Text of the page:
It is one of the most frequent non-motor features of Parkinson’s and yet it is one of the least publicly discussed.
The word ‘constipation’ is generally used to describe bowel movements that are infrequent or difficult to pass. The stool is often dry, lumpy and hard, and problematic to expel. Other symptoms can include abdominal pain, bloating, and the feeling that one has not completely passed the bowel movement.
In today’s post we look at what can cause constipation, why it may be so common in Parkinson’s, discuss what can be done to alleviate it, and look at clinical trials focused on this issue.
As many as 1 in 5 people say they have suffered from chronic (long-term) constipation at some point in their lives.
It results in more than 2.5 million hospital and physicians visits per year in the USA.
And Americans spend more than $700 million on treatments for it annually (Source).
More importantly, constipation is considered by many researchers to be a risk factor for developing Parkinson’s, as many people in the affected community claim to have experienced constipation for long periods prior to diagnosis.
Why this is, what is being done to research it, and what can be done about constipation in Parkinson’s is the topic of today’s post. But first, let’s start with the obvious question:
What is constipation?
Researchers at Cambridge University published a new report this week that extends on a very interesting line of Parkinson’s research. The studies focus on a compound (and derivatives of that compound) that has been derived from the dogfish shark.
The protein – called Squalamine – has an amazing ability to prevent the Parkinson’s-associated protein alpha synuclein from clustering (or aggregating) together. The aggregation of alpha synuclein is considered to be a key component of the biology underlying Parkinson’s, and thus any compound that block/reduce this aggregation is viewed with therapeutic applications in mind.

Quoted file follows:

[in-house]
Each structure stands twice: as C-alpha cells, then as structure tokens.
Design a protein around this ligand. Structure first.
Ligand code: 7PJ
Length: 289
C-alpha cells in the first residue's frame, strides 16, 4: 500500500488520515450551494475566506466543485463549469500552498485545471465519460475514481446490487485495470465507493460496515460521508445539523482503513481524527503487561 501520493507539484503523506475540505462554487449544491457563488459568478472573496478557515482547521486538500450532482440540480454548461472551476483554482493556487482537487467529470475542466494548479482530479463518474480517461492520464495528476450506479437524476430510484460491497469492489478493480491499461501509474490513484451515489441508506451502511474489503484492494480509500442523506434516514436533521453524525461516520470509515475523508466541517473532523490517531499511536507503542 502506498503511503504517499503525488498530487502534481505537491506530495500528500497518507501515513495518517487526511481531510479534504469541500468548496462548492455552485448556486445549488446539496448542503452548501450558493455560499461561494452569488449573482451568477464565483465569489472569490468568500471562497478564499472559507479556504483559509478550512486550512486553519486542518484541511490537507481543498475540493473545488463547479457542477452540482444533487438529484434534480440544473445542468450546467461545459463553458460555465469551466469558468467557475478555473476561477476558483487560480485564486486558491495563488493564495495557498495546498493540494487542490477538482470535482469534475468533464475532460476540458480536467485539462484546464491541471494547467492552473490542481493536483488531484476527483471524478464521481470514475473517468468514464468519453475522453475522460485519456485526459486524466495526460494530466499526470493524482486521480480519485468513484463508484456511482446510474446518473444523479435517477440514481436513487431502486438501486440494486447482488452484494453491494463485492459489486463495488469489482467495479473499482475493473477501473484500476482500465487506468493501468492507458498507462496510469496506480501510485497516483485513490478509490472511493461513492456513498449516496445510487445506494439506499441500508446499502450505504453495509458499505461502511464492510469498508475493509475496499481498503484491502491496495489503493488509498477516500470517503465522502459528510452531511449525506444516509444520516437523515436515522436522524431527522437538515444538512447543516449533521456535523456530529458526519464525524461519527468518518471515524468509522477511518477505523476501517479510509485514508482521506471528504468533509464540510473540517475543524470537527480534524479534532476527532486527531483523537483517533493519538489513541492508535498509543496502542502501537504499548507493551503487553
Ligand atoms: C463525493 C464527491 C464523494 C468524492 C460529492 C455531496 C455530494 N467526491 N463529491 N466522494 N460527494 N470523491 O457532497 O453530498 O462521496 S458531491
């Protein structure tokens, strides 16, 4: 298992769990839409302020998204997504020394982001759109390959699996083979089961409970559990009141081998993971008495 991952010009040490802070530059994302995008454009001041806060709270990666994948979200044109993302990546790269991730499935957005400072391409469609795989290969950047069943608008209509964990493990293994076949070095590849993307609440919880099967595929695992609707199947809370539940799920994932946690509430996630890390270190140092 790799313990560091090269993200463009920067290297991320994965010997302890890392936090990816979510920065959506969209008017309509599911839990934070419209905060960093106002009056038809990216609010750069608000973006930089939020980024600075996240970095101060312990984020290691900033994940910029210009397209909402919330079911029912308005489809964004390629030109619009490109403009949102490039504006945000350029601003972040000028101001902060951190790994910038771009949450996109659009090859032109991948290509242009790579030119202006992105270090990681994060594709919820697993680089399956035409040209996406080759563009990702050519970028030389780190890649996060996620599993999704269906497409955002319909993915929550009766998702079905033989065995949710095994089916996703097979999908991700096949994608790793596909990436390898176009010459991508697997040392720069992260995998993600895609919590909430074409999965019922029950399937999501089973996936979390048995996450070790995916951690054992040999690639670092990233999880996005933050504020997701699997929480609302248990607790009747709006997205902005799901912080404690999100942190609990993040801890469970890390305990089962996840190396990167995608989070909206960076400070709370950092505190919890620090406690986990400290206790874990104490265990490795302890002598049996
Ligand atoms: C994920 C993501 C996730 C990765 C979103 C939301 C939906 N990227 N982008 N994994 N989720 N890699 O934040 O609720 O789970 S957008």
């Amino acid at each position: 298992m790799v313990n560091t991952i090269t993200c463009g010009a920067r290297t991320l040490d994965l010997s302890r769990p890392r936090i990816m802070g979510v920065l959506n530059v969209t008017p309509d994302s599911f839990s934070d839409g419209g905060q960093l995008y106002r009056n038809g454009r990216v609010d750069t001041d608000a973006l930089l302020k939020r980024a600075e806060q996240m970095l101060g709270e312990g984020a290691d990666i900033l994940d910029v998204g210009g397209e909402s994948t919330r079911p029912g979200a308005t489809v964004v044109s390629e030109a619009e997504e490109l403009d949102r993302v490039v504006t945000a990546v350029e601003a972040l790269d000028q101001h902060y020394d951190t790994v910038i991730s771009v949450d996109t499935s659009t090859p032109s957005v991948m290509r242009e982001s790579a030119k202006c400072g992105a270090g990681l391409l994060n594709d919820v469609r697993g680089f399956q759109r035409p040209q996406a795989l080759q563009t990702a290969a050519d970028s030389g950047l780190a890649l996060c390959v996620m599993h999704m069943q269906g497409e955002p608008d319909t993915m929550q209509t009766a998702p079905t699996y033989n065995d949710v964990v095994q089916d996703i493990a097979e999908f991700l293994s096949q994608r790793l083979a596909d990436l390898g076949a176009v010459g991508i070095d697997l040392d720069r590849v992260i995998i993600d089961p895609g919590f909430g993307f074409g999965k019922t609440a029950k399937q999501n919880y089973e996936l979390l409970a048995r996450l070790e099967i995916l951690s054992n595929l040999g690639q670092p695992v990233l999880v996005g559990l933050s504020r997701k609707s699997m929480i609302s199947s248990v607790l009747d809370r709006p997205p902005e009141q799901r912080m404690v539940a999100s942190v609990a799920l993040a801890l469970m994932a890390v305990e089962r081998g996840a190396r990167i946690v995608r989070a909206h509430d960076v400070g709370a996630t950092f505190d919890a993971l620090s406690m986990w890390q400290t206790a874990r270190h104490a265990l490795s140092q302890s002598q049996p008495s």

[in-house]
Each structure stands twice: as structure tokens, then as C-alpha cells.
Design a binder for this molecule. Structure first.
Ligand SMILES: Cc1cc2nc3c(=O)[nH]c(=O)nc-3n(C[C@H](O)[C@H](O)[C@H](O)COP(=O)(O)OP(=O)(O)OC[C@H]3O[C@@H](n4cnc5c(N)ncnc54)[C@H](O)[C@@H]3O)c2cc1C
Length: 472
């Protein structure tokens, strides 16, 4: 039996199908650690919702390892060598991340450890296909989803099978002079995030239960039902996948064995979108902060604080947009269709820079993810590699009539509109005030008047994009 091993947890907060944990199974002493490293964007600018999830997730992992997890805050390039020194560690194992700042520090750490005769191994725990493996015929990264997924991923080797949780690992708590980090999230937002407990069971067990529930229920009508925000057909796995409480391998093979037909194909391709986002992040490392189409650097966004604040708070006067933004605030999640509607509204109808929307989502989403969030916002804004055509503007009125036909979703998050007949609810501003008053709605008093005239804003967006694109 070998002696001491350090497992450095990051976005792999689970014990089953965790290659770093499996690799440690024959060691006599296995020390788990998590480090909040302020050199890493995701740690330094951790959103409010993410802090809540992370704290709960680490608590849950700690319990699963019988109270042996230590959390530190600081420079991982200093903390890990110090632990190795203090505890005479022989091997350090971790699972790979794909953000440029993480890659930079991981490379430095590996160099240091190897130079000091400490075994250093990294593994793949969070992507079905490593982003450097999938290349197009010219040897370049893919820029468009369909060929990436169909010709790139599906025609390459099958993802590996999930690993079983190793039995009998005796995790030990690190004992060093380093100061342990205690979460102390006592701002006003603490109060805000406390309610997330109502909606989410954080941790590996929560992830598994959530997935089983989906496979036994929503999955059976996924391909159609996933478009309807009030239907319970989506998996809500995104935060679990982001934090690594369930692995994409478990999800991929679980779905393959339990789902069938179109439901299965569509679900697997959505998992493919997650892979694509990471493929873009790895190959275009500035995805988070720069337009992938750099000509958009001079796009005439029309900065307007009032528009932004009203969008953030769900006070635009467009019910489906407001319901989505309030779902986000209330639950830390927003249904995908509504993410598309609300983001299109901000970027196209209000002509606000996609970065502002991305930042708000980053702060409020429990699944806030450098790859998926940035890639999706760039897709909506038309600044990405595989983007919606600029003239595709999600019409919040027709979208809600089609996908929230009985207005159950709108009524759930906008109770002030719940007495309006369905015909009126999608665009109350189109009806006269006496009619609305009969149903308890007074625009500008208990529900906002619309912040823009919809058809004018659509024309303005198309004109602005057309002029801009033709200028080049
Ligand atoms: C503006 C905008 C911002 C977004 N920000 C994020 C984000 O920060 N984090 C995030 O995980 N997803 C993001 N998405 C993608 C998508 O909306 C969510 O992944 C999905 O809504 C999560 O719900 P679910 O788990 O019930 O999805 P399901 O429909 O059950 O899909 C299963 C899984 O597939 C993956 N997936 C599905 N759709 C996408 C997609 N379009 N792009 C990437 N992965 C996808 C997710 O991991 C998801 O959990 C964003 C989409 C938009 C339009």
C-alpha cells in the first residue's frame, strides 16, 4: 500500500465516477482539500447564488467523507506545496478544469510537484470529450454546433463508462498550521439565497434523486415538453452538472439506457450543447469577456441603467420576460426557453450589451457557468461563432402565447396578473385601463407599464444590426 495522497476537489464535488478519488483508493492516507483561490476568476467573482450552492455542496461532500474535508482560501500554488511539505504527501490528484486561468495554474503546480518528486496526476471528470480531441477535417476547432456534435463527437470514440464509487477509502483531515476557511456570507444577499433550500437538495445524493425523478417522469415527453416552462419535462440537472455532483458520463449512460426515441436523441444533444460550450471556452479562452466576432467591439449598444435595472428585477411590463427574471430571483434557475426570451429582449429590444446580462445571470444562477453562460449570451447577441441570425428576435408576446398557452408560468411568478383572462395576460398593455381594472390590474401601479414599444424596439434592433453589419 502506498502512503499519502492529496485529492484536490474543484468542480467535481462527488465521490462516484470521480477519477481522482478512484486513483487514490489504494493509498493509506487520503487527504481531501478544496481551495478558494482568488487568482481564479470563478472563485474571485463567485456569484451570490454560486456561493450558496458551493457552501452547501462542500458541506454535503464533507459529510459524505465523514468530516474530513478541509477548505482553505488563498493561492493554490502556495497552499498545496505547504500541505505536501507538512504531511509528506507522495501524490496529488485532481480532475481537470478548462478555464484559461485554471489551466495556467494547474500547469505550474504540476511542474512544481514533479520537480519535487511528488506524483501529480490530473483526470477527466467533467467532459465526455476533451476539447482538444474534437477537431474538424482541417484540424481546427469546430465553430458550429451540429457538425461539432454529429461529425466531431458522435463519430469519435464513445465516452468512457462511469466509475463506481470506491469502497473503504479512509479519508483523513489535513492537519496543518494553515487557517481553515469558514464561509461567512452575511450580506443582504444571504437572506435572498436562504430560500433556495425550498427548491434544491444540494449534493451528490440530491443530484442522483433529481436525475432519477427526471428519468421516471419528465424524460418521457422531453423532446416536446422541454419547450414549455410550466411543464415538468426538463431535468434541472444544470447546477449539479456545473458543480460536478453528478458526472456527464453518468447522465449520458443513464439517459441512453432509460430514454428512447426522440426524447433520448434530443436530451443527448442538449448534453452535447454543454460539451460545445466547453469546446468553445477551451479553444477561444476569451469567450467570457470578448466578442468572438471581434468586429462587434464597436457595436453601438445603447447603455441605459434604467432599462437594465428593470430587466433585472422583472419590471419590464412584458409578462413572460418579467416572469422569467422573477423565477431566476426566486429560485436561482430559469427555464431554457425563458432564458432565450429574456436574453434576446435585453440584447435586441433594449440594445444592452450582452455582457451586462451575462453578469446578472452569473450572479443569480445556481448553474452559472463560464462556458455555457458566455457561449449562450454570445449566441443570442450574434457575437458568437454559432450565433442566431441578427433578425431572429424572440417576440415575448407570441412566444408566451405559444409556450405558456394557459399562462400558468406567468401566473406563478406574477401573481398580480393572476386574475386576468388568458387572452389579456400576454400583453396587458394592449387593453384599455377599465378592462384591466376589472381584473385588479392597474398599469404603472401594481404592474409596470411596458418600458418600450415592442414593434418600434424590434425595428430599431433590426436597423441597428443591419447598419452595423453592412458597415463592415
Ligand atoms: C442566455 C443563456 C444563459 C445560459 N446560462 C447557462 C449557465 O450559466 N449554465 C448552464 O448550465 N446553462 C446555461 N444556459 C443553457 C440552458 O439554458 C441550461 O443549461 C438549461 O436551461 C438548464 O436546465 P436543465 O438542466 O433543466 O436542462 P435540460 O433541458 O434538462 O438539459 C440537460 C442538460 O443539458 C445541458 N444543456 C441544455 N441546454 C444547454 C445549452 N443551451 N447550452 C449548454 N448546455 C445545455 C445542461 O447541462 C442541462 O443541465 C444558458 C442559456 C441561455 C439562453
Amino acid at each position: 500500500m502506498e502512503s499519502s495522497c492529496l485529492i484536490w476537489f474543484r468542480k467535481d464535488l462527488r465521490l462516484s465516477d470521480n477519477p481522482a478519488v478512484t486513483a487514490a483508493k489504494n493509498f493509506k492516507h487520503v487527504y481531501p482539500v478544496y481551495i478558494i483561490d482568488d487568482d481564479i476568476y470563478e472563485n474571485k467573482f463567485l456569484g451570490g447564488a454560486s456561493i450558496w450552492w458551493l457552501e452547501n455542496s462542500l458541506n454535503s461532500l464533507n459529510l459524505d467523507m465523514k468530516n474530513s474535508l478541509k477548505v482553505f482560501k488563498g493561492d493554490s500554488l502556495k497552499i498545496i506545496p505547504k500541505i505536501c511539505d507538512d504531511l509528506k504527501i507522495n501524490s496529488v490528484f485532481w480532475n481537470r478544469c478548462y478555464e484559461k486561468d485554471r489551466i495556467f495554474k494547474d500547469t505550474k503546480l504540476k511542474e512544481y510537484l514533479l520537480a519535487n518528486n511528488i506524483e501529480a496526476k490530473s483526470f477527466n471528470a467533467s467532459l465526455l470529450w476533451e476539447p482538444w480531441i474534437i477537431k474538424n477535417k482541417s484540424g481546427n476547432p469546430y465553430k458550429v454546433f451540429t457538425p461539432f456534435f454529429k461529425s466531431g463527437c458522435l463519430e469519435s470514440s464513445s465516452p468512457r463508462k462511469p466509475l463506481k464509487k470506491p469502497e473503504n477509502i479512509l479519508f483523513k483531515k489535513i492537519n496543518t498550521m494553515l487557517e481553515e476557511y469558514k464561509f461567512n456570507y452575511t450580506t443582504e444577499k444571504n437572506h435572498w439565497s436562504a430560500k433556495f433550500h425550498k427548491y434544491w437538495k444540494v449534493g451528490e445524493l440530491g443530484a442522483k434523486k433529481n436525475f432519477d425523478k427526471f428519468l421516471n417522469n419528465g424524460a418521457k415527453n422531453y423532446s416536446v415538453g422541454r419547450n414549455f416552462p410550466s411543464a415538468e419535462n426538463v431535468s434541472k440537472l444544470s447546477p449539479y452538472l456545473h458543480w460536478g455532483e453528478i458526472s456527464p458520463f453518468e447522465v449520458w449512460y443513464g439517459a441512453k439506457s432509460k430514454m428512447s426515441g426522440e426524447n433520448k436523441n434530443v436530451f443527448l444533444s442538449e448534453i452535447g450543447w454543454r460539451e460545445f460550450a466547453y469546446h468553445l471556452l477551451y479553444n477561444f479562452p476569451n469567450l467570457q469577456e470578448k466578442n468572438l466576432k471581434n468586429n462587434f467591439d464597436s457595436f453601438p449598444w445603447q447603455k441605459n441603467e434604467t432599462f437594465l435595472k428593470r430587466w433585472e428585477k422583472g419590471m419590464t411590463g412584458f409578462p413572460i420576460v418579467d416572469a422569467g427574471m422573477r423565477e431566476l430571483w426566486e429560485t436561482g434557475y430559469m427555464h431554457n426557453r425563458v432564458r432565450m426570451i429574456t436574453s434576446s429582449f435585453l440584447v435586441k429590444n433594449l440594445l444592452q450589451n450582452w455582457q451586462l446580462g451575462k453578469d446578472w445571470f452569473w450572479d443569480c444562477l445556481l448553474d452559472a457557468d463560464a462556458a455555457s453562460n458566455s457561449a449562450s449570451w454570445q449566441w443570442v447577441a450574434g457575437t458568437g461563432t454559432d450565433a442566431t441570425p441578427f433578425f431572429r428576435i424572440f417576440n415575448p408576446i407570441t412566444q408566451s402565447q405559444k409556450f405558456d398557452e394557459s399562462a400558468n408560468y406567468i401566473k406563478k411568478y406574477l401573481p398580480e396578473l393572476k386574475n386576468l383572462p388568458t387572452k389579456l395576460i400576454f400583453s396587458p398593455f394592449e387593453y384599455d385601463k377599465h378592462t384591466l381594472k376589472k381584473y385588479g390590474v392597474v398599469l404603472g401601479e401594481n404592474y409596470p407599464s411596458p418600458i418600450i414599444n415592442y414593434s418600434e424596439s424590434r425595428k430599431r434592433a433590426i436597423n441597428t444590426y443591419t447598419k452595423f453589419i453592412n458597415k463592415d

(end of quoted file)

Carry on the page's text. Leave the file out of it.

Unfortunately there is a problem with squalamine: it does not cross the blood brain barrier (the protective membrane surrounding the brain).
But a derivative of squalamine – called Trodusquemine – does!
In today’s post, we will look at what Squalamine and Trodusquemine are, we will review the new research, and look at current clinical research efforts involving these compounds.
The effects of aggregated Alpha Synuclein protein in a neuron. Source: R&D
We often talk about one particular protein on this website. It is called alpha synuclein. It is one of the most common proteins in the human brain, and it appears to be centrally involved with Parkinson’s.
In the Parkinsonian brain, alpha synuclein clumps (or aggregates) together, which is believed to lead to the appearance of Lewy bodies.
What are Lewy bodies?
There has been a lot of discussion on this site (and elsewhere on the web) regarding the need for more objective systems of measuring Parkinson’s – particularly in the setting of clinical trials.
Yes, subjective reports of patient experience are important, but they can easily be biased by ‘placebo responses’.
Thus, measures that are beyond the clinical trial participants conscious control – and focused on biological outcomes – are needed.
In today’s post, we will consider one possible approach: Smart pills. We will discuss what they are, how they work, and how they could be applied to Parkinson’s research.